silver equals ten copper. Some of the denizens are also fairly
secretive about what they actually want. You may save yourself a lot
of time if you are aware that no-one ever minds being paid too much,
as long as it is in the correct currency.
The third problem is the Devourer. This rather nasty
beast, can surprise you, suck in your most valuable artifact
-without which you cannot finish the game - and when defeated ooze
into a mess on the floor with no trace of your artifact. For this
reason if no other you should SAVE frequently. Even worse you will
eventually find yourself beset by Devourer after Devourer hordes
of them. There IS a way to get rid of them. And you can do it
without moving from where you are think about it that's all the
help I am giving you!
Finally, the River Stonz. The manual tells you you
can cross only at midnight. It would have been much friendlier of
them to say 'the midnight hour' any time where the hours figure is
The only complaint I have about the game is the lack
of a proper SAVE routine. The City provided none (yes, you could
SAVE, but that ended the game and if you died on your next attempt
you couldn't restore again). Datasoft have provided a much better
SAVE for The Dungeon, you can SAVE and carry on playing in under a
minute, and if you die you are really only LOST and can come back to
life. However they obviously don't really like providing this
facility so they penalise you by taking a point off one of your
statistics and putting you back at the entrance! Since they provide
you with a backup utility and recommend you use it they clearly see
the need for a proper SAVE. Why then do they not allow it within the
game? The game is so deadly you DO need one so here is how you do
Use S(ave) regularly. If you die, switch off and boot
up your favorite disk sector editor (I'm sure Page 6 has one in it's
library somewhere!). Find the second sector on your Dungeon
Character Disk. You should see the names of your (up to) four
characters in the sector. The 9th and 13th bytes refer to the first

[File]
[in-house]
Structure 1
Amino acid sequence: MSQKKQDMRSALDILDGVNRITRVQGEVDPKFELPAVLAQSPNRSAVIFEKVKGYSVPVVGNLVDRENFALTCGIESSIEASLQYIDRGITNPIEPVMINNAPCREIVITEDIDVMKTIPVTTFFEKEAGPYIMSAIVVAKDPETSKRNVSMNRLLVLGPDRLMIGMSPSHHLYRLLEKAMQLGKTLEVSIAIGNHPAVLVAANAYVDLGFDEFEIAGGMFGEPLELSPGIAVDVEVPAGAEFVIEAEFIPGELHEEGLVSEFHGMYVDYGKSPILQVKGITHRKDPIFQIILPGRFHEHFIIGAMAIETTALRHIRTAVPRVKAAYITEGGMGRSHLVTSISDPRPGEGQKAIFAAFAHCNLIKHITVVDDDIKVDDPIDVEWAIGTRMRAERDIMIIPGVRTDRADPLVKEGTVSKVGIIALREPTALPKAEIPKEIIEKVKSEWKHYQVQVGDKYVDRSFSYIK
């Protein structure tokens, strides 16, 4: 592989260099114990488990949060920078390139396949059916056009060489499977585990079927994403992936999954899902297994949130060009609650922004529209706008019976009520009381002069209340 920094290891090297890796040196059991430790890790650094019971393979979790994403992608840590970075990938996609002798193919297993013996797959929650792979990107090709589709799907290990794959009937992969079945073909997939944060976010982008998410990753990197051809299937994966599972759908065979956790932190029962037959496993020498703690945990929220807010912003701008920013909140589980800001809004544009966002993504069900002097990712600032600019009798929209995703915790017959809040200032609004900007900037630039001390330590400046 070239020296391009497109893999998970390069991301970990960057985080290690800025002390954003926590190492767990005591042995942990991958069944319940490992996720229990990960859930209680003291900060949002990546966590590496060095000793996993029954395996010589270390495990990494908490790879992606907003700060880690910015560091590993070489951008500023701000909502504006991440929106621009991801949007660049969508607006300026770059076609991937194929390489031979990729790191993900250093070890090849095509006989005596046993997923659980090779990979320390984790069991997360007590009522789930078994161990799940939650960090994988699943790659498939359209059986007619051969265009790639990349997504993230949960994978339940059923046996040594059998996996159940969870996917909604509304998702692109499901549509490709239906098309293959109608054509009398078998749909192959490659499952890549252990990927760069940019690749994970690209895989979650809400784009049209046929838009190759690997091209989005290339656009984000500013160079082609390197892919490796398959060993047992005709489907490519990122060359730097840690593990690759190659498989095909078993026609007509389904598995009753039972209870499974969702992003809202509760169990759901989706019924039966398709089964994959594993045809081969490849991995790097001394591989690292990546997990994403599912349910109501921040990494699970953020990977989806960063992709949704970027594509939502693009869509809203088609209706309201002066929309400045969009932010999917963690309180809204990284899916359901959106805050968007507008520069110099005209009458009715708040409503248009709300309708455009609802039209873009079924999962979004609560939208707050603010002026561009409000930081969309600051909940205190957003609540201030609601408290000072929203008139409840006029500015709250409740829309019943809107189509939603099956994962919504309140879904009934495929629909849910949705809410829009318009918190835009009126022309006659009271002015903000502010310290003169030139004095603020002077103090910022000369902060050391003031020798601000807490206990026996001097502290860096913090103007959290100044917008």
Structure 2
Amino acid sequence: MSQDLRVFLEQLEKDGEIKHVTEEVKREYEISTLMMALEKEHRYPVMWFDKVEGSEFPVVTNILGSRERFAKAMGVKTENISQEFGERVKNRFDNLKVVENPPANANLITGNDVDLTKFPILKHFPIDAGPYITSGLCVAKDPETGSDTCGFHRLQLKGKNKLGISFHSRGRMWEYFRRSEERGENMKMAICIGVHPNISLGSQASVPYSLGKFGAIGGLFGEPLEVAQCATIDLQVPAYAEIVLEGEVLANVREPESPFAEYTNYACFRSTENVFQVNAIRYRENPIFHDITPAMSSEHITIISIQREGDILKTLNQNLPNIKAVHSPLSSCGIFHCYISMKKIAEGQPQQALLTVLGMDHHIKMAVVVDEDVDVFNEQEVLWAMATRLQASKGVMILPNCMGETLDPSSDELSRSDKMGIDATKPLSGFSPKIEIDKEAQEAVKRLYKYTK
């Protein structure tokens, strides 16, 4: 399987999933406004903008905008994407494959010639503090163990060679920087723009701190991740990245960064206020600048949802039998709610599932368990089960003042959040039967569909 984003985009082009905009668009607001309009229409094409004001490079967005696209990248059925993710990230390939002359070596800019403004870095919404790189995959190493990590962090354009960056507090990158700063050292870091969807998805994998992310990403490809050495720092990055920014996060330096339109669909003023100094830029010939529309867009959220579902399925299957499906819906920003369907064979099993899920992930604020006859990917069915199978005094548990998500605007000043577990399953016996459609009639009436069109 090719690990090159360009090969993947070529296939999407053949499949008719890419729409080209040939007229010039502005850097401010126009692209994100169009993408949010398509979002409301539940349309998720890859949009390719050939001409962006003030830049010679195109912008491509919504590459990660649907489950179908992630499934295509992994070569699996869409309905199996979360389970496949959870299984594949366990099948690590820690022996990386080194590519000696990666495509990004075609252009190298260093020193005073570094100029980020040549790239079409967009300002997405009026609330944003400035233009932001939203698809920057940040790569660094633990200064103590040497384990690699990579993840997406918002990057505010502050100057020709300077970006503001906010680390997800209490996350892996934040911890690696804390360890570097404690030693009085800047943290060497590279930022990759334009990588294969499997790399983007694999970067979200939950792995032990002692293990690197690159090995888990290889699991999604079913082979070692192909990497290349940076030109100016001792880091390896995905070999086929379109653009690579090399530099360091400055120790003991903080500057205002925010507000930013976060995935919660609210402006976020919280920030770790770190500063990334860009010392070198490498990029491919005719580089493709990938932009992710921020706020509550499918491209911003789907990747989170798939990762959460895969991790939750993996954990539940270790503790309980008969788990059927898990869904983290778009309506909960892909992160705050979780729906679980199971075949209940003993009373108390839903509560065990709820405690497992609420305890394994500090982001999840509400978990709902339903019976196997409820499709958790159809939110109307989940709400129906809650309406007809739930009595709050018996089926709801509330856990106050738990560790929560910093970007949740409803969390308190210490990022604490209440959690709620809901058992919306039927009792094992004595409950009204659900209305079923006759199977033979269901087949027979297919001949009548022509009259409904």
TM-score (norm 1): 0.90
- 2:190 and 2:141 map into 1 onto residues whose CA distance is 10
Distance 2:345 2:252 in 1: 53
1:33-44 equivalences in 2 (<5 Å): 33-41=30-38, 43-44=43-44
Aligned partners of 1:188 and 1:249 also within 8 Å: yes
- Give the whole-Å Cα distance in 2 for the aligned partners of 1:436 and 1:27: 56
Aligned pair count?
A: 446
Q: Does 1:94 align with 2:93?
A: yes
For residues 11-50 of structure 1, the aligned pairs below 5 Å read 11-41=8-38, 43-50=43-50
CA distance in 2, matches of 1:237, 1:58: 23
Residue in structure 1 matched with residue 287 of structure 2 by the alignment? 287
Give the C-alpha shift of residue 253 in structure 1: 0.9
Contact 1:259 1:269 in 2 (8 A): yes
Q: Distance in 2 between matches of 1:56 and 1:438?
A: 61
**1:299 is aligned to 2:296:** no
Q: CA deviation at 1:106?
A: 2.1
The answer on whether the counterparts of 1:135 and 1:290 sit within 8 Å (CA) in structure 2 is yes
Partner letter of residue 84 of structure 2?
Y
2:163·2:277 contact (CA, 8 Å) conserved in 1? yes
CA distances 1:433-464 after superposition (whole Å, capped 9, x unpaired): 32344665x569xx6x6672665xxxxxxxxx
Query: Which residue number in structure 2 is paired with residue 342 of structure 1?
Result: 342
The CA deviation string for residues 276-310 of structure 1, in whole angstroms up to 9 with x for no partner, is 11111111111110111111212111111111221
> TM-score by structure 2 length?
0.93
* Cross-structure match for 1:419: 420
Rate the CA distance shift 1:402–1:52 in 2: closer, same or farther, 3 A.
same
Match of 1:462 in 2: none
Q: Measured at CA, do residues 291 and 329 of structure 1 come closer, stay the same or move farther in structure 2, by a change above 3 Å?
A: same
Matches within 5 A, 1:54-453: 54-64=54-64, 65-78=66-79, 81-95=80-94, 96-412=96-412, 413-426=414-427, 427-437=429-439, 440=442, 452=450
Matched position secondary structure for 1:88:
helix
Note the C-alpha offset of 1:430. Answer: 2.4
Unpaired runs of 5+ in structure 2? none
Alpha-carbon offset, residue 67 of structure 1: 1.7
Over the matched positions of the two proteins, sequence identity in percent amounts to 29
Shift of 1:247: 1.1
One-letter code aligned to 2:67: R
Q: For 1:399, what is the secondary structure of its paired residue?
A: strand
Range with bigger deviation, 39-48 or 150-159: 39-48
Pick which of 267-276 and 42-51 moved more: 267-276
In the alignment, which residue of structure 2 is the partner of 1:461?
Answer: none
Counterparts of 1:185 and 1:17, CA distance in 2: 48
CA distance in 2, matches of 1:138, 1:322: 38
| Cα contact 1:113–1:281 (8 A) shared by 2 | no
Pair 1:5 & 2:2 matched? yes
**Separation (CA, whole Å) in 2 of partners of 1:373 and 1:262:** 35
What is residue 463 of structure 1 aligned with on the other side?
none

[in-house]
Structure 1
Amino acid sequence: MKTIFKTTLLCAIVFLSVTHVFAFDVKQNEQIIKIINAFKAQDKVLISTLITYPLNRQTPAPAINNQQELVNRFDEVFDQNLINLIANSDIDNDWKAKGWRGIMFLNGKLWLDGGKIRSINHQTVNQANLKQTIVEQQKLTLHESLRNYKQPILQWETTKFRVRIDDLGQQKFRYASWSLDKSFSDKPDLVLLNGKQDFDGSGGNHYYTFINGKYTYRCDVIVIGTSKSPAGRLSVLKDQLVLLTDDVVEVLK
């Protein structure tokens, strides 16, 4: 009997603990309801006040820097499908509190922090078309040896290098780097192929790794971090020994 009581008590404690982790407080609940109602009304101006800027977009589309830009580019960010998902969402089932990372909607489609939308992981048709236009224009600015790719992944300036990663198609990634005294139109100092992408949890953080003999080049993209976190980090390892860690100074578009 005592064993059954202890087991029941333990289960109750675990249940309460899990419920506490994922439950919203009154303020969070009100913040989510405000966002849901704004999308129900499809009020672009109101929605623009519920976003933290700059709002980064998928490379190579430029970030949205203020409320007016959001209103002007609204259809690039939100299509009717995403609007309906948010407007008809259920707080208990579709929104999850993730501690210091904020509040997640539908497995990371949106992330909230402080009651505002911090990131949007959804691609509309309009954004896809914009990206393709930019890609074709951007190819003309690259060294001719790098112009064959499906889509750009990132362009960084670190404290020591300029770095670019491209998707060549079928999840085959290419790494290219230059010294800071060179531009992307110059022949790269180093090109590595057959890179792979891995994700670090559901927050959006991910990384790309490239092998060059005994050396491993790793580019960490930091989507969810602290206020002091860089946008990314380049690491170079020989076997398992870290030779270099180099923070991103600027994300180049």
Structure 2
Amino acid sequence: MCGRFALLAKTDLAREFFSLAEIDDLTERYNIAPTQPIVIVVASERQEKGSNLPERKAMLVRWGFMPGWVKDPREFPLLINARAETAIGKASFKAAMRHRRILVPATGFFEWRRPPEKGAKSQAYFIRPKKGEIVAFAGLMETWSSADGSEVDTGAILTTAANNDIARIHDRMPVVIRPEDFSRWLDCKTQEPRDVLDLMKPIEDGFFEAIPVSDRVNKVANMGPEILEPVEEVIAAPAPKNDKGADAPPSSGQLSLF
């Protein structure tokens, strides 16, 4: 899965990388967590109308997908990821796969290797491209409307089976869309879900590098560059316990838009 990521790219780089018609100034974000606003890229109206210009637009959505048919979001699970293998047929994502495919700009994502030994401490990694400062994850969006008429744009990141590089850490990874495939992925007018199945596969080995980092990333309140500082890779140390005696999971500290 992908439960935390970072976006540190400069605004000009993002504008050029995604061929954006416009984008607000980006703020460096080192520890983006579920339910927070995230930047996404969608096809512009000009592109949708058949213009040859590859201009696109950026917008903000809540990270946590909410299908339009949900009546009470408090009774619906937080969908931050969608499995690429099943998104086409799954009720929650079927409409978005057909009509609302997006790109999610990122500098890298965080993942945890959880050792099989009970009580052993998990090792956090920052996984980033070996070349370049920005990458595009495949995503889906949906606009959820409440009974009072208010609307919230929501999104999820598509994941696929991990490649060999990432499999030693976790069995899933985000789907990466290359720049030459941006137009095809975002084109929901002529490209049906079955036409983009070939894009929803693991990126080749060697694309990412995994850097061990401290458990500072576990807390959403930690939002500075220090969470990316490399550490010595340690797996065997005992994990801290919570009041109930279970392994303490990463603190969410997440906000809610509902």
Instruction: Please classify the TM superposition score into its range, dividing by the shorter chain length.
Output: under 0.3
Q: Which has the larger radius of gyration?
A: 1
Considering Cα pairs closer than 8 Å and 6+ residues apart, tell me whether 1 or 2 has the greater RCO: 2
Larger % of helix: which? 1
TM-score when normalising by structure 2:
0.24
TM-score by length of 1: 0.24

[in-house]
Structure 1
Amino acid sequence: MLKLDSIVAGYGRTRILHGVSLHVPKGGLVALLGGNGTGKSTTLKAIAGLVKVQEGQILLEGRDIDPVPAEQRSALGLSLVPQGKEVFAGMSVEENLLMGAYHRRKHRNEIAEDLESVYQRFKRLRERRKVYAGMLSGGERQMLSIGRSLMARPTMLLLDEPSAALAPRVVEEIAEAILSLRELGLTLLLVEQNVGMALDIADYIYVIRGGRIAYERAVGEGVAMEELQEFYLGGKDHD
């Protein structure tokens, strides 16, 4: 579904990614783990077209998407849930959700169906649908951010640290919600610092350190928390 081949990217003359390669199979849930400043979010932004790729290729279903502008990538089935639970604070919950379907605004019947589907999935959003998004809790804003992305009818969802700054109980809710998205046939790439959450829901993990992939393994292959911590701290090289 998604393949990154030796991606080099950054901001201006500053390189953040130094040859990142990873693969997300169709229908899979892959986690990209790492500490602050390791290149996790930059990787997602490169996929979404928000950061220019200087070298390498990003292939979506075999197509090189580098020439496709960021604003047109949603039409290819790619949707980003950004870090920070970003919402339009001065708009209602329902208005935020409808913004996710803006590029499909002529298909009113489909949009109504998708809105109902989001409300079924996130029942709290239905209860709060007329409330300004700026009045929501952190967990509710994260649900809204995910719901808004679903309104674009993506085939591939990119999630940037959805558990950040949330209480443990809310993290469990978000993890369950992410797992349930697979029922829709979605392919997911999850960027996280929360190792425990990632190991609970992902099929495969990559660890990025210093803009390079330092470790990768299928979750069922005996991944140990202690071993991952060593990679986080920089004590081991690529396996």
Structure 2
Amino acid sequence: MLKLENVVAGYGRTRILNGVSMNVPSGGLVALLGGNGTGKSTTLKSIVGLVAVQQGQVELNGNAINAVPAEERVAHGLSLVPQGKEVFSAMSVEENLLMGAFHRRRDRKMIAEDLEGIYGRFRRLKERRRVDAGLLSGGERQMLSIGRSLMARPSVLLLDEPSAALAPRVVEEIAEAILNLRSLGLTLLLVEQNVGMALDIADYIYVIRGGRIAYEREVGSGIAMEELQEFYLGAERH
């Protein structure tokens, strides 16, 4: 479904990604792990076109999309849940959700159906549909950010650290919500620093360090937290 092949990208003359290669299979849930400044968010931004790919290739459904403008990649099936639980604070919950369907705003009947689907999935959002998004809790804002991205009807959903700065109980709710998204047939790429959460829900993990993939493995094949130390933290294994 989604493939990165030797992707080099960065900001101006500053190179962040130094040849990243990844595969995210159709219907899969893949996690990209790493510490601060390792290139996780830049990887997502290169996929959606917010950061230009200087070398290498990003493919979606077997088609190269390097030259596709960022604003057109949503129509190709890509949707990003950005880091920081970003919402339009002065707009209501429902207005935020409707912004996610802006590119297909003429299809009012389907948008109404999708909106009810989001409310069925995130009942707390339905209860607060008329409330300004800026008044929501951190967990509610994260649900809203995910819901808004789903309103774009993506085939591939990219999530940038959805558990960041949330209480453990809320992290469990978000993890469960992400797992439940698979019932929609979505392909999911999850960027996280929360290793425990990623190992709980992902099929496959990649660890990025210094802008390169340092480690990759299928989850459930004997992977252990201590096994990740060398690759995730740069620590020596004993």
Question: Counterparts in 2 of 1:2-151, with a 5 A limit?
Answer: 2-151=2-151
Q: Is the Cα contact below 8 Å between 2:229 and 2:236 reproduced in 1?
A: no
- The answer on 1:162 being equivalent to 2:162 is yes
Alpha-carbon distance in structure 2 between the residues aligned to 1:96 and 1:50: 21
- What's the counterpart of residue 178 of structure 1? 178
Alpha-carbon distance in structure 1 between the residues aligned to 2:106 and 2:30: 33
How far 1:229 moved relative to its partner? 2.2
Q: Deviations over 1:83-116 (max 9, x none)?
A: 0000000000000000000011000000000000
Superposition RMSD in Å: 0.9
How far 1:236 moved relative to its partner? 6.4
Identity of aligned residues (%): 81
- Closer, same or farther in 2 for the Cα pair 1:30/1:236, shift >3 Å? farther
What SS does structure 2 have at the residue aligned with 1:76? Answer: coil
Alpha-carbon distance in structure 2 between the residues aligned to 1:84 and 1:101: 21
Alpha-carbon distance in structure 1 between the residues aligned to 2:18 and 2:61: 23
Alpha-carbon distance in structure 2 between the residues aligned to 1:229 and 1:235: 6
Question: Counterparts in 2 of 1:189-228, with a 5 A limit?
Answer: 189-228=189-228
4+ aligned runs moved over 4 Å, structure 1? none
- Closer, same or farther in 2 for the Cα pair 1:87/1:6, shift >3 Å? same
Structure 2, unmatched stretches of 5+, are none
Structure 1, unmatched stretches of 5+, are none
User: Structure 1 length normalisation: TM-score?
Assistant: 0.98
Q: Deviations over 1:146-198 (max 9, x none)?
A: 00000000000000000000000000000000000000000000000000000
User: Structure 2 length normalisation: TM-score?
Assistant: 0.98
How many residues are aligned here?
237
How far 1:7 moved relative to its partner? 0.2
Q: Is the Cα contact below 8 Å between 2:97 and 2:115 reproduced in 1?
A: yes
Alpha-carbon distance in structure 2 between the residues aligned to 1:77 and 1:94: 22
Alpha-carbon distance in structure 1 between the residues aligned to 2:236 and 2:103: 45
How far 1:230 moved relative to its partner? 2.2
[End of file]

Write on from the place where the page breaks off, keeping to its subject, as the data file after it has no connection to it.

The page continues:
character, the 10th and 14th to the second and so on. The 9th byte
will contain FF if the first character is OK, 7F means LOST, or 00
if there is no first character. Just set 7F back to FF and the
corresponding byte (13th for the first character) to FF as well.
That's all. You can now re-boot The Dungeon and you will find
yourself back at your last SAVE position.
As an aside, if you look at the third sector you may
spot all of the first character's statistics laid out neatly in hex.
You may be tempted to increase them. Shame on you! But don't try it.
There are lots of clever check-digit routines built into your
character. If you change anything it will notice and refuse to use
that character ever again. The only safe bytes to change are between
the 9th and the 16th in the second sector you have been warned!
Alternate Reality The Dungeon can be played either
from scratch, or by transferring an existing character from The
City. To provide a challenge for those who bring in a strong City
character Datasoft have had to make the Dungeon quite hard. You may
find therefore, if you start with The Dungeon, that your first few
characters die fairly quickly! Don't despair be a little nasty,
rob a few banks! Your first objective as a player is to learn how
the dungeon works and where the magical artifacts are hidden. The
game is very well designed in that respect. Once you have mastered
enough of it you can start a new character and provide him/her very
quickly with some superb weapons and armour at no cost whatsoever.
In fact, because of the different increments to your statistics, I
suspect you can build a far better character starting from scratch
than by transferring from the City.
This is without doubt one of the best games this year
and if they keep getting better at this rate then the next Scenario
of Alternate Reality is going to be astounding!
So, if you enjoyed The City you'll love The Dungeon.
And if you didn't you should have a look at this anyway it really